Last semester, my friend took me to Red Bud Isle, an open-leash dog park around the edge Town Lake, that blew me away with its beauty. Choosing a place to make observations when we were assigned this project was simple, because the view of the lake and the trees around the area (especially during fall/winter) are incomparable.
“The problem, then, is how to bring about a striving for harmony with land among a people many of whom have forgotten there is any such thing as land” -Aldo Leopold, A Sand County Almanac
Human connection to nature and the outdoors is something I feel has been progressively lost as society changes. Nowadays, people are spending so much time indoors or attached to computers and smartphones that they fail to see much of the of the amazing nature around them. Since I’m from out of the area and love outdoor activities (hiking, kayaking, etc.), I have made it my mission to explore Austin’s many famous parks and nature areas for the next couple of years. Red Bud was actually the first park that I ever visited here in Austin. Thanks to my Austin-native friend, I found a place where can I go to relax, read, or chill with a couple of friends. This blog will consist of journal entries I’ve made while sitting on the edge of Town Lake at Red Bud.
It’s a beautiful, sunny day today. It’s the first time in over a week where it’s been sunny and 70 degrees, so I’m glad i could actually enjoy going outside to observe nature instead of freezing to death. A light breeze passes every few minutes, shaking the barren branches of the large tree above me and tossing the leaves around on the ground.
The tree I sit under is absolutely massive. I chose this particular spot at the park because of this tree, actually. It provides a comfortable shady area looking out on the lake, with a large stone beside it that I can sit on and do my writing. The tree’s thick trunk and protruding roots tell me that it’s been around for ages. It’s surrounded by many other smaller trees (perhaps offspring from the seeds it’s dropped over the years?) and it’s nearly impossible to tell where the old tree’s roots begin and end; they completely circle the tree in a 20 foot perimeter, tangling with other roots and reaching into the lake water. The park is pretty noisy today – many people took their dogs out for the nice weather. The sun set around 5:30 and got cold again, so I suppose that’s all I will write for today since I’m wearing shorts.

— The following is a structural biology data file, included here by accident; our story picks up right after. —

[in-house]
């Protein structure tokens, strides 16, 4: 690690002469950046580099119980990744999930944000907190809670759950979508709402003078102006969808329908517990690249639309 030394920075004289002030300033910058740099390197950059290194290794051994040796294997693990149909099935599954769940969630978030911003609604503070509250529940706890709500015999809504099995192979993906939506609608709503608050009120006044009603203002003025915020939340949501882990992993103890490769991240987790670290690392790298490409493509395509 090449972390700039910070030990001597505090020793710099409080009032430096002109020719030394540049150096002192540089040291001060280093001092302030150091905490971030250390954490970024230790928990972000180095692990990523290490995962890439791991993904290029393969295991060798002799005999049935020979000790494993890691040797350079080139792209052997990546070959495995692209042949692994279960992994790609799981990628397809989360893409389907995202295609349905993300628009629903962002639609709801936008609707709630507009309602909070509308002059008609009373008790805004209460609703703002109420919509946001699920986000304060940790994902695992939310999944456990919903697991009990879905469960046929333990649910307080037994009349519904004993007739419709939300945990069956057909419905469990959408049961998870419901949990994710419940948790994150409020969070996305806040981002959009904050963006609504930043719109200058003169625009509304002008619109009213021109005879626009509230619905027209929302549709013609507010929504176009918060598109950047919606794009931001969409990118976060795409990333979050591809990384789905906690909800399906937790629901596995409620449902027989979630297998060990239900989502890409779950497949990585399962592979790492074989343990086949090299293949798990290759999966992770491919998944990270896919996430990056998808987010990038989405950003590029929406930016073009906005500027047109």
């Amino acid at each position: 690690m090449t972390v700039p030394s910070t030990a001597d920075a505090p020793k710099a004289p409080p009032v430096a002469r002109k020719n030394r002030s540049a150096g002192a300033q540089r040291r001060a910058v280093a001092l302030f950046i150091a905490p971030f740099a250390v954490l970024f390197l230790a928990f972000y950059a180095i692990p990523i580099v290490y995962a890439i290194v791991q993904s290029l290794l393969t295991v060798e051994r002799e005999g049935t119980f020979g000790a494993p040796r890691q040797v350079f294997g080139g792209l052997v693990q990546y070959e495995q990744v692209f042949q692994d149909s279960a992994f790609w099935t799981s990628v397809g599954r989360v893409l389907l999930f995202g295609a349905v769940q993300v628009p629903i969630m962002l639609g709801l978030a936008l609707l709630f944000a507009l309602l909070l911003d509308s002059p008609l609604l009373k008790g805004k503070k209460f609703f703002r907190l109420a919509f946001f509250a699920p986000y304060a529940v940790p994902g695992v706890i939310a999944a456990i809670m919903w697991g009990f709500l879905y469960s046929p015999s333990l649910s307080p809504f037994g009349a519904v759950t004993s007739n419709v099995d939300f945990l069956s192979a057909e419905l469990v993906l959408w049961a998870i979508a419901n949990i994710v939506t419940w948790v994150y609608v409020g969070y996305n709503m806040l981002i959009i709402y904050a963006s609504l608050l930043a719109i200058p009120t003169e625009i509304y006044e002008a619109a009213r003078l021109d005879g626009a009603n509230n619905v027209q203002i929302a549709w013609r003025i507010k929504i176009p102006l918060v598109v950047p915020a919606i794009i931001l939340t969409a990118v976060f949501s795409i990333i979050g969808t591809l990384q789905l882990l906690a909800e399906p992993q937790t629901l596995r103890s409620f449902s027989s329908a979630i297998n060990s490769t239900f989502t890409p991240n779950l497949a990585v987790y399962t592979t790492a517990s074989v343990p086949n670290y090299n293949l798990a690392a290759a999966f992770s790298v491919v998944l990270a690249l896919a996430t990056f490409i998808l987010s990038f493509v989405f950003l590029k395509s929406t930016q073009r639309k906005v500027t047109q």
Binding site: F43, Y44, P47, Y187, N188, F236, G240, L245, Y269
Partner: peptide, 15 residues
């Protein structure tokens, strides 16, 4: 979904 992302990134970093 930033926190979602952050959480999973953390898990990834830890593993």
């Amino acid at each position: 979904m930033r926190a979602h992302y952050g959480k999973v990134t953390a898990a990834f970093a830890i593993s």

Sitting under the same tree once again, I’ve noticed that there’s little to no wildlife in this area. Trees and bushes are plentiful, but as far as animal activity goes, this place is pretty barren. The occasional chirp of a bird in the distance or splashing of a fish out of water is all I can observe. I wonder why there aren’t many animals in this area? It could be the somewhat isolated location of the Isle, or perhaps the human activity from the Lake Austin Dam that overlooks the area has driven much of the wildlife out. That’s something I’ll be sure to take notes on during my observations here.
After sitting out for a while longer, I finally see some animal life with my own eyes! A group of turtles sit out on a fallen piece of wood in the water. It’s not much, but it’s something! I tried to take a picture but couldn’t get very close:
A couple of ducks flew across the lake as I looked out on it, but still no real signs of bird or any other animals. I can’t even seem to see many fish – could the water quality be effecting the amount of life in the area? Definitely something else to think about.